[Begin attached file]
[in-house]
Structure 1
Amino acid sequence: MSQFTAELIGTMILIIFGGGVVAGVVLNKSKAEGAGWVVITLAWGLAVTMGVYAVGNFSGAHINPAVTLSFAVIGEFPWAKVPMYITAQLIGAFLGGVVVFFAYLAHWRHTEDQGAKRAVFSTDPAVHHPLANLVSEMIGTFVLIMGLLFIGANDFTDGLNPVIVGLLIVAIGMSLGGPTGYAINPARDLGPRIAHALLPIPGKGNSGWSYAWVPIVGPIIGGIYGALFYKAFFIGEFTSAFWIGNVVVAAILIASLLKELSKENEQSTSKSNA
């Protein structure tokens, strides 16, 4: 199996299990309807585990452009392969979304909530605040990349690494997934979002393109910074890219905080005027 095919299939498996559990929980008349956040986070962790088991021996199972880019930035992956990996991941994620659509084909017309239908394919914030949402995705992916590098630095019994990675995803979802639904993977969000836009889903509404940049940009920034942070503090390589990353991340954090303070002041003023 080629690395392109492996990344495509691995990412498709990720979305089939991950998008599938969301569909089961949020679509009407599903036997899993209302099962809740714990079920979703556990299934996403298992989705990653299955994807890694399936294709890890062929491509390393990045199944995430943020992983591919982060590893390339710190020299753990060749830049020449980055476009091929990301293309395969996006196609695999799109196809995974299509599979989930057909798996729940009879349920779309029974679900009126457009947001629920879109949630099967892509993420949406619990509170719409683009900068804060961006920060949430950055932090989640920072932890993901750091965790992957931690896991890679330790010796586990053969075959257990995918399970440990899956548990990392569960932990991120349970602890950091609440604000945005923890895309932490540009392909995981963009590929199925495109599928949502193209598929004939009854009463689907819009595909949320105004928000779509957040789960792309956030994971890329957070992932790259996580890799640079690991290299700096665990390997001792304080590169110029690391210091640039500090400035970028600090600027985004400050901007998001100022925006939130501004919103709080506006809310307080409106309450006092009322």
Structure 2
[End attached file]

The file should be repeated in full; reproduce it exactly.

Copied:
[in-house]
Structure 1
Amino acid sequence: MSQFTAELIGTMILIIFGGGVVAGVVLNKSKAEGAGWVVITLAWGLAVTMGVYAVGNFSGAHINPAVTLSFAVIGEFPWAKVPMYITAQLIGAFLGGVVVFFAYLAHWRHTEDQGAKRAVFSTDPAVHHPLANLVSEMIGTFVLIMGLLFIGANDFTDGLNPVIVGLLIVAIGMSLGGPTGYAINPARDLGPRIAHALLPIPGKGNSGWSYAWVPIVGPIIGGIYGALFYKAFFIGEFTSAFWIGNVVVAAILIASLLKELSKENEQSTSKSNA
């Protein structure tokens, strides 16, 4: 199996299990309807585990452009392969979304909530605040990349690494997934979002393109910074890219905080005027 095919299939498996559990929980008349956040986070962790088991021996199972880019930035992956990996991941994620659509084909017309239908394919914030949402995705992916590098630095019994990675995803979802639904993977969000836009889903509404940049940009920034942070503090390589990353991340954090303070002041003023 080629690395392109492996990344495509691995990412498709990720979305089939991950998008599938969301569909089961949020679509009407599903036997899993209302099962809740714990079920979703556990299934996403298992989705990653299955994807890694399936294709890890062929491509390393990045199944995430943020992983591919982060590893390339710190020299753990060749830049020449980055476009091929990301293309395969996006196609695999799109196809995974299509599979989930057909798996729940009879349920779309029974679900009126457009947001629920879109949630099967892509993420949406619990509170719409683009900068804060961006920060949430950055932090989640920072932890993901750091965790992957931690896991890679330790010796586990053969075959257990995918399970440990899956548990990392569960932990991120349970602890950091609440604000945005923890895309932490540009392909995981963009590929199925495109599928949502193209598929004939009854009463689907819009595909949320105004928000779509957040789960792309956030994971890329957070992932790259996580890799640079690991290299700096665990390997001792304080590169110029690391210091640039500090400035970028600090600027985004400050901007998001100022925006939130501004919103709080506006809310307080409106309450006092009322």
Structure 2